An adviser to Serbian Prime Minister Vojislav Kostunica has urged NATO to abandon a United Nations plan for the future status of Kosovo.

The prime minister's media adviser, Srdjan Djuric, told reporters in Belgrade Saturday that as long as the alliance supports U.N. envoy Martti Ahtisaari's proposal, it is clear that the U.N. plans to create its first NATO state in the breakaway province.

Ahtisaari's plan envisions internationally supervised independence for Kosovo, which Belgrade adamantly rejects.

Djuric said Serbia has not yet had any assurances from NATO that the pact will respect Serbia's sovereignty and territorial integrity.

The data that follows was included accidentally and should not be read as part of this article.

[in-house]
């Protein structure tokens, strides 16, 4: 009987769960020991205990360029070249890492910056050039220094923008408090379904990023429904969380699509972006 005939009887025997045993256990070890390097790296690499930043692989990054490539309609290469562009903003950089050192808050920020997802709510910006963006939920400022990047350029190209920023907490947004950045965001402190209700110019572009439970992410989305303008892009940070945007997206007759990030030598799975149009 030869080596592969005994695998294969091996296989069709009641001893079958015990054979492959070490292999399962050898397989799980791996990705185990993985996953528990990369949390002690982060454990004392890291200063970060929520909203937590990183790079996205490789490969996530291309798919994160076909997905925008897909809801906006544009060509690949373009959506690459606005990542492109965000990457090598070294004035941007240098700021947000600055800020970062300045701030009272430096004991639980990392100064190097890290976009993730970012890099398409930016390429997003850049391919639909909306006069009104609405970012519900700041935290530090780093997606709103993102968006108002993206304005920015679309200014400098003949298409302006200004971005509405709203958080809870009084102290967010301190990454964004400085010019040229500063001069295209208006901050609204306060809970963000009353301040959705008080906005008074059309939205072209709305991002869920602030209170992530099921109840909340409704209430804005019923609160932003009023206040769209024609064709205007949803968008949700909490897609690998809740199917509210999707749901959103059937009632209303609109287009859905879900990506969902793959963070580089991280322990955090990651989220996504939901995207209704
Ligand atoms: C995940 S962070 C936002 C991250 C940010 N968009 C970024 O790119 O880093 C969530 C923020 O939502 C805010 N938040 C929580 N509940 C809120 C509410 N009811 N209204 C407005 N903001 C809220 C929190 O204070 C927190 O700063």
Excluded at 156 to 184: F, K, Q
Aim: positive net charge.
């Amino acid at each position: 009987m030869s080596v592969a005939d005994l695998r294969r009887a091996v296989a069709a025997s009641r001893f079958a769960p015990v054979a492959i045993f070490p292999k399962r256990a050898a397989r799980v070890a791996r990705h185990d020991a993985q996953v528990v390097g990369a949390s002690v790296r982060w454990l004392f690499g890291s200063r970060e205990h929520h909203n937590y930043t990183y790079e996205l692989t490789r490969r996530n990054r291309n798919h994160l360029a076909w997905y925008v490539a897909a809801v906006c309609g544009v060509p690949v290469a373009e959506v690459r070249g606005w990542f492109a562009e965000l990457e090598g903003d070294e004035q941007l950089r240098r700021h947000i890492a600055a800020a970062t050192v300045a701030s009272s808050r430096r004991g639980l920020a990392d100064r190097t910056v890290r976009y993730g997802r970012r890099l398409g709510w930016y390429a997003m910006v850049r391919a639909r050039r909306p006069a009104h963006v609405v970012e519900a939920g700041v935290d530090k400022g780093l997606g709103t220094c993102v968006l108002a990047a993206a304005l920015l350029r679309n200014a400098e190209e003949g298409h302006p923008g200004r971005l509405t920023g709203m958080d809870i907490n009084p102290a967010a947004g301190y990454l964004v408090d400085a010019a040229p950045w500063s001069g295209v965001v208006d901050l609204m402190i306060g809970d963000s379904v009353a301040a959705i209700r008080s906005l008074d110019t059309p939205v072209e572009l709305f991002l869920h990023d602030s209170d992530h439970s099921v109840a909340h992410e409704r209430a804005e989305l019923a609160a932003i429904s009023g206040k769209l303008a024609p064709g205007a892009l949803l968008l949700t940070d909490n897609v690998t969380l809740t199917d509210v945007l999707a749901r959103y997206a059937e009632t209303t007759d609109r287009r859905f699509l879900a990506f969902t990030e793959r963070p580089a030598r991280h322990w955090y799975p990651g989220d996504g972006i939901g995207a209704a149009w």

A spokesman for NATO in Brussels (Carmen Romero) has denied allegations by some Serbian politicians that the alliance plans to create a puppet-state in the Balkans.

A spokesman for NATO-led forces in Kosovo (Michael Knop) has said Serbian security forces will not be permitted to return to the province.

Serbia's southern province has been under U.N. administration since 1999. Some 16,000 NATO-led international peacekeepers are deployed there. Serbia is a member of NATO's Partnership for Peace program, which is the first step toward membership in the alliance.

Some information for this report provided by AP.